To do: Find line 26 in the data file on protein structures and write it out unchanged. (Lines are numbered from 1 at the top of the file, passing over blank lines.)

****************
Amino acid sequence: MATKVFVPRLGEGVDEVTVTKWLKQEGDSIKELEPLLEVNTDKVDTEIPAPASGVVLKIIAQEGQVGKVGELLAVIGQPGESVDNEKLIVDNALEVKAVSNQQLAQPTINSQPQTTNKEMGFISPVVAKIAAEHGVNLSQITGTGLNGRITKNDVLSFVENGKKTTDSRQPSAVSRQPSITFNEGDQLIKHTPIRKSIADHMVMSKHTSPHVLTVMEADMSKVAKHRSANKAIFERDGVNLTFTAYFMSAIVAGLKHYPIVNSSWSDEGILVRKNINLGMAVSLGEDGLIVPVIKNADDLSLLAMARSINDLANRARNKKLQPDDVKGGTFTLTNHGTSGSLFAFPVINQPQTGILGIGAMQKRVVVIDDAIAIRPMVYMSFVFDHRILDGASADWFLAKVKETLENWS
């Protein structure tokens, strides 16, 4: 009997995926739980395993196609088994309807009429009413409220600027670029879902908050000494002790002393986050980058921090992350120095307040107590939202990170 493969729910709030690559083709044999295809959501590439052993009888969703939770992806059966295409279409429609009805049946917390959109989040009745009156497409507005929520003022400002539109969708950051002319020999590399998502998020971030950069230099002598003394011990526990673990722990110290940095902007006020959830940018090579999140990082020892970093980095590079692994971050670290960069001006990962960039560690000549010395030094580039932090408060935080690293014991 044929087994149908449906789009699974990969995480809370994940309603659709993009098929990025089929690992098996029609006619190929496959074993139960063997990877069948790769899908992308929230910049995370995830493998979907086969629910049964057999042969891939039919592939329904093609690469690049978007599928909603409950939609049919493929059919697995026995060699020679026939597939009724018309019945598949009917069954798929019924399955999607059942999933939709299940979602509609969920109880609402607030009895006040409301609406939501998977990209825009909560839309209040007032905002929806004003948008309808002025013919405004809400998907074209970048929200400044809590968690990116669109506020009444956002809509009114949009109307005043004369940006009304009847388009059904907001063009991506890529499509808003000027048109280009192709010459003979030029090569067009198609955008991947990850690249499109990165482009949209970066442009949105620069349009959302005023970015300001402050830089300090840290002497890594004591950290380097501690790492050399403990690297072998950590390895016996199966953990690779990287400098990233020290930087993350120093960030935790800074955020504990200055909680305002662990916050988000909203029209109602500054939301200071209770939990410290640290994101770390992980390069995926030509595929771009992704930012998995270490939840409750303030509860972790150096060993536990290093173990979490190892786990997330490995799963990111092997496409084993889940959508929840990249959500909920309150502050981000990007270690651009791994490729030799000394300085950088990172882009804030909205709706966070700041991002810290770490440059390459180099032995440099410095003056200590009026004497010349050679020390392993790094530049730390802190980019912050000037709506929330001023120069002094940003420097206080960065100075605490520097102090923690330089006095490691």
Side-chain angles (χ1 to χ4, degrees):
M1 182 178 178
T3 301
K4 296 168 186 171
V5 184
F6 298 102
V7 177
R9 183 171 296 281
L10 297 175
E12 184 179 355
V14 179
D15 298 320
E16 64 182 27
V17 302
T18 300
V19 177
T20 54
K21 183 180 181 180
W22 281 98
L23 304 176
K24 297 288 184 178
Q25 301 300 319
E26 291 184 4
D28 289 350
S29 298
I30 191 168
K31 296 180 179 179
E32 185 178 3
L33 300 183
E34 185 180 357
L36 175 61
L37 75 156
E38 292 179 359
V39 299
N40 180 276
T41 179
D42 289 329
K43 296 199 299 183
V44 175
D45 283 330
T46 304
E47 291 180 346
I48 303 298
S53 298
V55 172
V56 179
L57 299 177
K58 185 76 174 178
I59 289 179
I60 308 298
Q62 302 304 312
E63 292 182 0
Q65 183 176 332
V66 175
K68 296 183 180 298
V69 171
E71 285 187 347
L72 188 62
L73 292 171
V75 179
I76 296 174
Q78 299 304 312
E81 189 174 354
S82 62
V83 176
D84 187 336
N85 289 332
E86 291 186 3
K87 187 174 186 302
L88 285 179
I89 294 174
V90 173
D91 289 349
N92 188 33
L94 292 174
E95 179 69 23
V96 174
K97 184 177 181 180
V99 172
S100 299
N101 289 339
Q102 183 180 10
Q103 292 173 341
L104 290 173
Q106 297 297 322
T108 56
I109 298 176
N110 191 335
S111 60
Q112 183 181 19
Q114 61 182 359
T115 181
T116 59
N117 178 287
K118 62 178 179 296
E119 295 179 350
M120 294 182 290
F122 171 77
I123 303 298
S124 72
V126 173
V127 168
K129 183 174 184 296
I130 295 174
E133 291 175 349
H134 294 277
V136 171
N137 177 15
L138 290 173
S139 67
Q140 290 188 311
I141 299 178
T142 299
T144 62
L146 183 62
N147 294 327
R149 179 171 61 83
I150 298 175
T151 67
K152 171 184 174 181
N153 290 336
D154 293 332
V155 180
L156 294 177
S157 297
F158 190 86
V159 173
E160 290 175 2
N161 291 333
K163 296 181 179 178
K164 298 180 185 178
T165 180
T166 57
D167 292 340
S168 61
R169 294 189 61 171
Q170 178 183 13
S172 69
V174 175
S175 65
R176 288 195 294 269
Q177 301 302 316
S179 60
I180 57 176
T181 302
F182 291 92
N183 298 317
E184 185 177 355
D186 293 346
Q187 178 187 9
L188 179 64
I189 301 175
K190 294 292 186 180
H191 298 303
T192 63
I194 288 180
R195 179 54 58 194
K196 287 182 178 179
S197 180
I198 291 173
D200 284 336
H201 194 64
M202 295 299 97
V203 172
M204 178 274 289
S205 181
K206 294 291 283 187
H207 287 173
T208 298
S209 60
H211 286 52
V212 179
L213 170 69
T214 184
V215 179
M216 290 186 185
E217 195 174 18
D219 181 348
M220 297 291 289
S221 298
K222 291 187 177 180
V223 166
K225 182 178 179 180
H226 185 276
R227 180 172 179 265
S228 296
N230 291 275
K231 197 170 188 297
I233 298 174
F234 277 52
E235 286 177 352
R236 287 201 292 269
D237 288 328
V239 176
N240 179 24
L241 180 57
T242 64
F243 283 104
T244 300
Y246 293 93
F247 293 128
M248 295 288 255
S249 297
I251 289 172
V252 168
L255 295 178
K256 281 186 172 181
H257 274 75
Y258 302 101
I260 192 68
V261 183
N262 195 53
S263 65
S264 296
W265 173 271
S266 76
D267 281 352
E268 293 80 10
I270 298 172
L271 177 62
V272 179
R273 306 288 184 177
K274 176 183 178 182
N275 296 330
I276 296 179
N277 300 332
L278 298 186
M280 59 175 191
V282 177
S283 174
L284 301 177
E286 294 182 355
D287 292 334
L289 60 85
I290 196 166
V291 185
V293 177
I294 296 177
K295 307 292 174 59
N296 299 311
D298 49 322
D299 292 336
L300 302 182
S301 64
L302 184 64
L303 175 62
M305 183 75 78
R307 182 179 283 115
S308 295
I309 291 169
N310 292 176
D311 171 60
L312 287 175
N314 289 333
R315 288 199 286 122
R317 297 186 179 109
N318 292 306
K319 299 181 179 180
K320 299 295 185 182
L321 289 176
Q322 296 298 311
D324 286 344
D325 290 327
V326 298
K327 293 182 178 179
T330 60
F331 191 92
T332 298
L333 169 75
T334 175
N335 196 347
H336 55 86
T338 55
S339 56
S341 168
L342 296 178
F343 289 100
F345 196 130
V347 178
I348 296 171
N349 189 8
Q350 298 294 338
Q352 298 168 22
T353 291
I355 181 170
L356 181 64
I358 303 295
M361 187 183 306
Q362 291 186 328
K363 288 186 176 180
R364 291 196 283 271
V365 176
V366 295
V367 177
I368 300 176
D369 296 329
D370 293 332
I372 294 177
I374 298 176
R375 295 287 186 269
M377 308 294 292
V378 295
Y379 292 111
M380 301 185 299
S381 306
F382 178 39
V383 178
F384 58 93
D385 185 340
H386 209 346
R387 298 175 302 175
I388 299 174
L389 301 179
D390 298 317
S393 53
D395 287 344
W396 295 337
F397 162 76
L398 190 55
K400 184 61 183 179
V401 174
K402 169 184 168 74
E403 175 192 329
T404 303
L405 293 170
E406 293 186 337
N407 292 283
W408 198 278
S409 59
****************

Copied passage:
D28 289 350